Crash avoidance technology has become one of the most prevalent and sought after features in today’s new model vehicles. What once were only additives to luxury vehicles are now becoming more mainstream amongst the fleet. The most common crash prevention technologies include front crash prevention, blind spot detection, lane departure warning, adaptive headlights, park assist and backover prevention. In 2012, an Accenture study reinforced the fact that consumers are more focused on safety-driven technologies than ever. And thankfully, most of these technologies seem to be working.
According to a study by IIHS (Insurance Institute of Highway Safety,) vehicles with the front crash prevention feature are less-likely to rear-end other vehicles. Systems with automatic braking reduce rear-end crashes by about 40 percent on average, while forward collision warning alone cuts them by 23 percent, the study found. The autobrake systems also greatly reduce injury crashes. These attractive findings have led a multitude of automakers to commit to a 2022 deadline that makes automatic emergency braking (AEB) standard on nearly all new passenger vehicles. Through 2050, the Institute estimates standard autobrake will prevent 230,000 crashes and 102,000 injuries.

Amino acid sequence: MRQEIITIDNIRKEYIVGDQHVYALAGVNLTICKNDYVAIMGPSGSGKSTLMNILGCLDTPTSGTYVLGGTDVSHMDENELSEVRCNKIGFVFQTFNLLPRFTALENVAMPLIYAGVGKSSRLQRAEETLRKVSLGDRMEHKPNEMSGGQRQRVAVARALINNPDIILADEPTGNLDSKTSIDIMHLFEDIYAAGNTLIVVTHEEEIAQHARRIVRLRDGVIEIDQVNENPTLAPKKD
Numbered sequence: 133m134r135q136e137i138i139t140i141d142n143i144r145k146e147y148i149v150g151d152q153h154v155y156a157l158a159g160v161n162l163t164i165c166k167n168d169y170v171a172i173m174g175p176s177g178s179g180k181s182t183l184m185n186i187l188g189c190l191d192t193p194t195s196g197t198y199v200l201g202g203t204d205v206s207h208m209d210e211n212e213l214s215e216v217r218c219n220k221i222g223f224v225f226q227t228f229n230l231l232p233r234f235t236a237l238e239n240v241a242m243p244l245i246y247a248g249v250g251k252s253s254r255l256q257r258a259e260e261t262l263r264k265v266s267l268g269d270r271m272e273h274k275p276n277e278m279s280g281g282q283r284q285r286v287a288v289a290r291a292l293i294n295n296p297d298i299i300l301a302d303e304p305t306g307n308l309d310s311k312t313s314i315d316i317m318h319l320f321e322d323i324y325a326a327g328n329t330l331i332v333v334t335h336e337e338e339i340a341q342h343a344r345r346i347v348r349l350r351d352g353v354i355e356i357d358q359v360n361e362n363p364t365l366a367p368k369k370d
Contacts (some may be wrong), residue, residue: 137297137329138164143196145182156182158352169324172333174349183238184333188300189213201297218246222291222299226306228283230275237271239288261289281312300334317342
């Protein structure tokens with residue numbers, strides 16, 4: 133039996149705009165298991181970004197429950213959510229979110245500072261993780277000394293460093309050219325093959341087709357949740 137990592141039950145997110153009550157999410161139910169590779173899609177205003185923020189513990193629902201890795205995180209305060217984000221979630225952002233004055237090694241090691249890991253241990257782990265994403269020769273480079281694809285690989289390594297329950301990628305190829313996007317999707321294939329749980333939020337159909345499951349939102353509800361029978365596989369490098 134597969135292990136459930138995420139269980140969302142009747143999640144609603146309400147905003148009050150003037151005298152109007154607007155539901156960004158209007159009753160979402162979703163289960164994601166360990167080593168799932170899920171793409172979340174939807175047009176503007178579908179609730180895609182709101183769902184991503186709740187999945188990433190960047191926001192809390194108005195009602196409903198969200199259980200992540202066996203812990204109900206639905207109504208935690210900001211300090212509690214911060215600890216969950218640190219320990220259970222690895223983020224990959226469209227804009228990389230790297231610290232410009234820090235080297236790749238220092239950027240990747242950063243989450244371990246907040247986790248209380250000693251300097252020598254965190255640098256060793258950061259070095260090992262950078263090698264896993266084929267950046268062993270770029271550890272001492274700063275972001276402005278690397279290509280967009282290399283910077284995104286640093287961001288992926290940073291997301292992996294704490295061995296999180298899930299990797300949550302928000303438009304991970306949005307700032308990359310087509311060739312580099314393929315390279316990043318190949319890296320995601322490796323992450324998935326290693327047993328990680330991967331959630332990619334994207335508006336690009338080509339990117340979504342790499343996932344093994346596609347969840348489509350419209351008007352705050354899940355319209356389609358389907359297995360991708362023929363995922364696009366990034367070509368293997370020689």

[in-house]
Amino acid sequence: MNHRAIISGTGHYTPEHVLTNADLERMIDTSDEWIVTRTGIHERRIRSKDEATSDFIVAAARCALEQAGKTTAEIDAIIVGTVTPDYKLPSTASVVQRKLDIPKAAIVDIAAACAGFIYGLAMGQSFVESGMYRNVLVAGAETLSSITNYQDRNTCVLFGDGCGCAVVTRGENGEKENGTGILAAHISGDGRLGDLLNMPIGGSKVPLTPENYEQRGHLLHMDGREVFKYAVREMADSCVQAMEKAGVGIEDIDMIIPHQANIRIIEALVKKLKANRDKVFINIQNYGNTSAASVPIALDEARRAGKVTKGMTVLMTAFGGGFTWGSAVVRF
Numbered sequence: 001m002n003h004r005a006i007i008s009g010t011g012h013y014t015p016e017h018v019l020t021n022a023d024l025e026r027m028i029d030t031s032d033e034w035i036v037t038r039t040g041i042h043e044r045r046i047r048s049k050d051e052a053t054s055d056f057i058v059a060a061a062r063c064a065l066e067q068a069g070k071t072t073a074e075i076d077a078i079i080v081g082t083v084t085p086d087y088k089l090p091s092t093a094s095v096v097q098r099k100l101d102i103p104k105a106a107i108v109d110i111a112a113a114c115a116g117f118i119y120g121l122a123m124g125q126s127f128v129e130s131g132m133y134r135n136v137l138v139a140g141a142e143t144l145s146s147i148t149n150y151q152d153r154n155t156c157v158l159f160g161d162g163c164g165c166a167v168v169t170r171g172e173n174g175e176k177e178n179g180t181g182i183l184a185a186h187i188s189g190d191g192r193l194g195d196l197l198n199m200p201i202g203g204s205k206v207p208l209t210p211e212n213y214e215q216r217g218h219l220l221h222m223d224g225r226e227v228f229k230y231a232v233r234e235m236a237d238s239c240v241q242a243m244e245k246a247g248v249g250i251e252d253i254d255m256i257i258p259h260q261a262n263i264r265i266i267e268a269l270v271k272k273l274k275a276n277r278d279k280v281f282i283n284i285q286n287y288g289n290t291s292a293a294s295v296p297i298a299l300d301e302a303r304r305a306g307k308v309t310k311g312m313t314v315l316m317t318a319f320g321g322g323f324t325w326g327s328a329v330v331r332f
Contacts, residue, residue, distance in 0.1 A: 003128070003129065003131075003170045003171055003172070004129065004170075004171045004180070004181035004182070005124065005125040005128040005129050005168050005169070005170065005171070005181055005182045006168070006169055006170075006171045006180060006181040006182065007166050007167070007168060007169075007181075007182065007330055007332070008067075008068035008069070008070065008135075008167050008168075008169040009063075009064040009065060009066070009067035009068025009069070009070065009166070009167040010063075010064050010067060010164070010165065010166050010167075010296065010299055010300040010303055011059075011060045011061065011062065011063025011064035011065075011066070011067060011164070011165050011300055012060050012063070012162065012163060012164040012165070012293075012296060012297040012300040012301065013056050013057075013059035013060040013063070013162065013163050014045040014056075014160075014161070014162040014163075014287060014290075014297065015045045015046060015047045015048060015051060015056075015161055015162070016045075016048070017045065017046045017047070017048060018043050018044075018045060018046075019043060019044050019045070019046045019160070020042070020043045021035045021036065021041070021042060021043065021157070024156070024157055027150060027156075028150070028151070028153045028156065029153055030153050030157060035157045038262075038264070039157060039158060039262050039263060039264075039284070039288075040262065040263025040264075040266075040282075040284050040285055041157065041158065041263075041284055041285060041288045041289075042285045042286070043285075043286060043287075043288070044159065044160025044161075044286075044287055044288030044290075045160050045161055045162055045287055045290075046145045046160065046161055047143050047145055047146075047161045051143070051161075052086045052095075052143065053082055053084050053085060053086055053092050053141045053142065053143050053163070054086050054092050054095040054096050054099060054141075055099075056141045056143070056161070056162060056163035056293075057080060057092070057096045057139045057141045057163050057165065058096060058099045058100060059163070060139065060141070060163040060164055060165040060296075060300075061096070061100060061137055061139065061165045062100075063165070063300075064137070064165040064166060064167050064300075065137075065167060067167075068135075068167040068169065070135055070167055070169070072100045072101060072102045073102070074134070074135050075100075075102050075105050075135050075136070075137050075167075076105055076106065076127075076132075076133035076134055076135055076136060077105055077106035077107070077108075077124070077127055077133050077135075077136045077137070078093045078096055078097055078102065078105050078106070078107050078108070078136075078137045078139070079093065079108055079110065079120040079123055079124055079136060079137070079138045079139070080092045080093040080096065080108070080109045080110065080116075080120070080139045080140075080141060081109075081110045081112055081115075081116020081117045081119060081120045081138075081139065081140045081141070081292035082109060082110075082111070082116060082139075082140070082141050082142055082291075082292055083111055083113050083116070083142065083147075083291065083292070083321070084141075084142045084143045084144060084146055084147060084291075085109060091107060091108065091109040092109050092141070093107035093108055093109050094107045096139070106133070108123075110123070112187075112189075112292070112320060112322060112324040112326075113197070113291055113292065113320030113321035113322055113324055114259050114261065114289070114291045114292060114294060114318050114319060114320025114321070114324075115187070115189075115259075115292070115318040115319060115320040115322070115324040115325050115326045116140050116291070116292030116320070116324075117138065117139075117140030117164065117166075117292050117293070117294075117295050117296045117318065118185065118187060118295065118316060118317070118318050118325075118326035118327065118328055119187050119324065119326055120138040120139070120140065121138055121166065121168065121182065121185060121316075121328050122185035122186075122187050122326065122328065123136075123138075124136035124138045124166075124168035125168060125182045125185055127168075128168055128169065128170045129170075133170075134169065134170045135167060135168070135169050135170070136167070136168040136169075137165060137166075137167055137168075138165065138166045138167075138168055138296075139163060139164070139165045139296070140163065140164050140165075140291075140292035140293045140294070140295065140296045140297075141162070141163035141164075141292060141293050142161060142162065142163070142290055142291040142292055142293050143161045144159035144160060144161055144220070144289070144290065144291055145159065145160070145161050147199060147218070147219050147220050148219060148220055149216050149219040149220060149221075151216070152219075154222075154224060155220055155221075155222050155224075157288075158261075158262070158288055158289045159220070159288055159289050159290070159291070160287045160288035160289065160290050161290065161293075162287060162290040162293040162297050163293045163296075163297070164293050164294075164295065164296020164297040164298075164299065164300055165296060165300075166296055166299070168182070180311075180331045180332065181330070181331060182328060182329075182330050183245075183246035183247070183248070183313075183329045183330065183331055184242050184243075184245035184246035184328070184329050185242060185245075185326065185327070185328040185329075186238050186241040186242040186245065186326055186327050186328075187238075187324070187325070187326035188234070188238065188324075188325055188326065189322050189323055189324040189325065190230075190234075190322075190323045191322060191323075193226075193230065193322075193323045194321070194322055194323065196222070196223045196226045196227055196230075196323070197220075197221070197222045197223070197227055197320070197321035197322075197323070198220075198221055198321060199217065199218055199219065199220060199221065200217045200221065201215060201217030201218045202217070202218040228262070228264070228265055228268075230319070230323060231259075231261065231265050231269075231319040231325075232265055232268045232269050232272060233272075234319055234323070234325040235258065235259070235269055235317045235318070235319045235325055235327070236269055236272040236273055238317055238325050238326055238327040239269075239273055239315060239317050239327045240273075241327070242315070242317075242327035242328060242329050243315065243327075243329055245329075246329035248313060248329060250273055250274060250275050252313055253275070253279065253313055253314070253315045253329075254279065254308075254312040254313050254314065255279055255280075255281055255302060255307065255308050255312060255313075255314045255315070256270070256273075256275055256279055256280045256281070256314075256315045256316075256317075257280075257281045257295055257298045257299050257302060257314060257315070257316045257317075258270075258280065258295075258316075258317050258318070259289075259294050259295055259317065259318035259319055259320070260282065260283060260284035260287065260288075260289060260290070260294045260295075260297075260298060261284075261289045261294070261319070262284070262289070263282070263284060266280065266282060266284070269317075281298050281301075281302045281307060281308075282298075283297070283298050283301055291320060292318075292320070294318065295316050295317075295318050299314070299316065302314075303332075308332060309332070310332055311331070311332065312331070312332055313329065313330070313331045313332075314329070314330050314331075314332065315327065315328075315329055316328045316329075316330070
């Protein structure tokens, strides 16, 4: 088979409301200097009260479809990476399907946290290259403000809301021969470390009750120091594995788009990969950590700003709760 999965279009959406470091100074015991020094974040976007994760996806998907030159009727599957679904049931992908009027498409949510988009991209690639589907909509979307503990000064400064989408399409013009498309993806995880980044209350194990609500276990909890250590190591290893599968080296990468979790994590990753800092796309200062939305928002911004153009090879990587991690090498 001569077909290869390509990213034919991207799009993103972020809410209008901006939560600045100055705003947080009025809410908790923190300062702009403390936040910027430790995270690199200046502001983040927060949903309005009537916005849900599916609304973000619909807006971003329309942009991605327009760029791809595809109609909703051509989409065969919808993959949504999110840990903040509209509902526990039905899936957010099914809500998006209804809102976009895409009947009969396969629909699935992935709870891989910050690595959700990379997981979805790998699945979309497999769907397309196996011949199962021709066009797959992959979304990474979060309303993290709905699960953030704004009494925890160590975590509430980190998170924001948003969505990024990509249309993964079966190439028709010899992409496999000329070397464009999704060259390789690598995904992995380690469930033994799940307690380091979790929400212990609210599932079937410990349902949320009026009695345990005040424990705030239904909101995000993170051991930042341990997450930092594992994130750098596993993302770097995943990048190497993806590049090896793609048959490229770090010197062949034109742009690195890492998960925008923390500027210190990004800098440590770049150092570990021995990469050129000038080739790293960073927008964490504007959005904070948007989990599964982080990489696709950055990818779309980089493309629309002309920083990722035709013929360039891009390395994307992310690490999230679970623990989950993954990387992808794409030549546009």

Here you can find a list of the automakers who are making the commitment: http://www.iihs.org/iihs/sr/statusreport/article/51/4/2. They represent 99 percent of the U.S. Automobile market.
Adaptive headlights have also been an attractive safety system for vehicles. This feature causes the headlight to swivel as you turn your steering wheel, which helps illuminate the road when going around curves. A 2014 IIHS study found that adaptive headlights improved drivers’ reaction times by about a third of a second. That could be just enough to avoid, say, hitting a deer on a dark road.
Once of the most popular safety features today, soon to be mandatory in the 2018 model year, is the rear-camera and parking assist feature. They help you see as you back –up out of or into spaces, preventing a back-over accident, such as hitting a small animal. The parking assist sensor system notifies you with progressively louder and quicker beeps as you close in on an obstacle; perfect for backing into tight spaces.
Earlier research by the Insurance Institute for Highway Safety estimated that if every vehicle on the road were equipped with four types of crash avoidance features — forward collision warning, lane departure warning, blind spot detection and adaptive headlights — nearly a third of all crashes could potentially be prevented or mitigated (see “New estimates of benefits of crash avoidance features on passenger vehicles,” May 20, 2010). Who wouldn’t want to hop on this bandwagon?!
If you or someone you know has been injured in a car accident, contact our law firm Schechter, Shaffer & Harris, L.L.P., Accident & Injury Lawyers to be your Houston car accident lawyer.